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Instead of a company collecting its own data from its machines by purchasing a server—which can cause a plethora of technical issues, including patching, upgrading, malware, viruses, not to mention a large expense—a cloud computing service for manufacturing is often a more practical option. This is a large server farm that someone else runs and maintains, leaving the hassles of doing it yourself in the hands of the “cloud.”
MT Connect, a good example of cloud computing for manufacturing today, is an open and royalty-free protocol standard that allows manufacturing equipment to have a common language to exchange information. As machine tools start spitting out gigabytes of information per hour, it doesn’t make sense to store all this locally. But storing this information in the “cloud” securely and using as many or as few processors as needed to analyze this data can be a better choice.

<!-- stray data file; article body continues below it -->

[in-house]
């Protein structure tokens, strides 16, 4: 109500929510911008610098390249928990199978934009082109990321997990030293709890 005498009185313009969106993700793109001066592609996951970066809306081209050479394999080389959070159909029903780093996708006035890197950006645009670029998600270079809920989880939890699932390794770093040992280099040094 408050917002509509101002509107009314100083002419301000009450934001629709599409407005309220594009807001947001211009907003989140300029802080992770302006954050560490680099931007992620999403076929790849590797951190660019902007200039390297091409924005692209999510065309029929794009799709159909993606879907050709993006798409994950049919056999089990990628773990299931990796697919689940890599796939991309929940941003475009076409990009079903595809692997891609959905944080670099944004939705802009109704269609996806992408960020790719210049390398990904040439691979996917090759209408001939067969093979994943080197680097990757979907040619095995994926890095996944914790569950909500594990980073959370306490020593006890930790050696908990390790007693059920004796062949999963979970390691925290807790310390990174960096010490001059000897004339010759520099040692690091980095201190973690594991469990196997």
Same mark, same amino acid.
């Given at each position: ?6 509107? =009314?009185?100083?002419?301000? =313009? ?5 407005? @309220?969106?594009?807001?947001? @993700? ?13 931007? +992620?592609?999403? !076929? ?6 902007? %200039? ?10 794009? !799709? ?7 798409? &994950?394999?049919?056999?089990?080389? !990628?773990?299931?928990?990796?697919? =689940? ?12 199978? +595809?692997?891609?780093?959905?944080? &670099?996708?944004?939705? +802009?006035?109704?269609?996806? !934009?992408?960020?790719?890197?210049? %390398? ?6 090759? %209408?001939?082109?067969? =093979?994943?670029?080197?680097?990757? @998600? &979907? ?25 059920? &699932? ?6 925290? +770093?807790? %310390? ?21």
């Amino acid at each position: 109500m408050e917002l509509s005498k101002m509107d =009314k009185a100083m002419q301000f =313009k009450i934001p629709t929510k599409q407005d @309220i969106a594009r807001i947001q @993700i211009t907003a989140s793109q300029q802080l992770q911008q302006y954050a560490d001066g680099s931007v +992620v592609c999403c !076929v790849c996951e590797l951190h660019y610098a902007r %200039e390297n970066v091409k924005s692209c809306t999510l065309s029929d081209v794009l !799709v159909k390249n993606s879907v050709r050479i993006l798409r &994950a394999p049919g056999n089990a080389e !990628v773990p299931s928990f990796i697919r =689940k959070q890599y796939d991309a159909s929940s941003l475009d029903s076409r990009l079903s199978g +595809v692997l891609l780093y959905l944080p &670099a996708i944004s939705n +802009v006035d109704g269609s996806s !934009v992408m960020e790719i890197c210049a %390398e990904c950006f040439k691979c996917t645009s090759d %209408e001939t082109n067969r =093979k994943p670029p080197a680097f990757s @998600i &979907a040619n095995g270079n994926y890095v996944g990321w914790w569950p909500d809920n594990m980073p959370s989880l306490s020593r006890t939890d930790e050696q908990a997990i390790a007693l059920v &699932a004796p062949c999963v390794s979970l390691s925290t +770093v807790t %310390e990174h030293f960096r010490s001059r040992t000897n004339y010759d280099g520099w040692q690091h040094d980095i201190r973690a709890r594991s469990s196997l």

Performance data from the machine tools can offer an objective, unbiased method that the cells can use to evaluate their machines’ capabilities, to identify opportunities and to measure improvements for machining processes. For this reason, developing a system to monitor machine tool health and status is a priority for many machine shops, and MT Connect offers real-time data diagnostics to show how well machines are performing.
To learn more about the basics and history of cloud computing, read “Cloud Computing in Manufacturing.”
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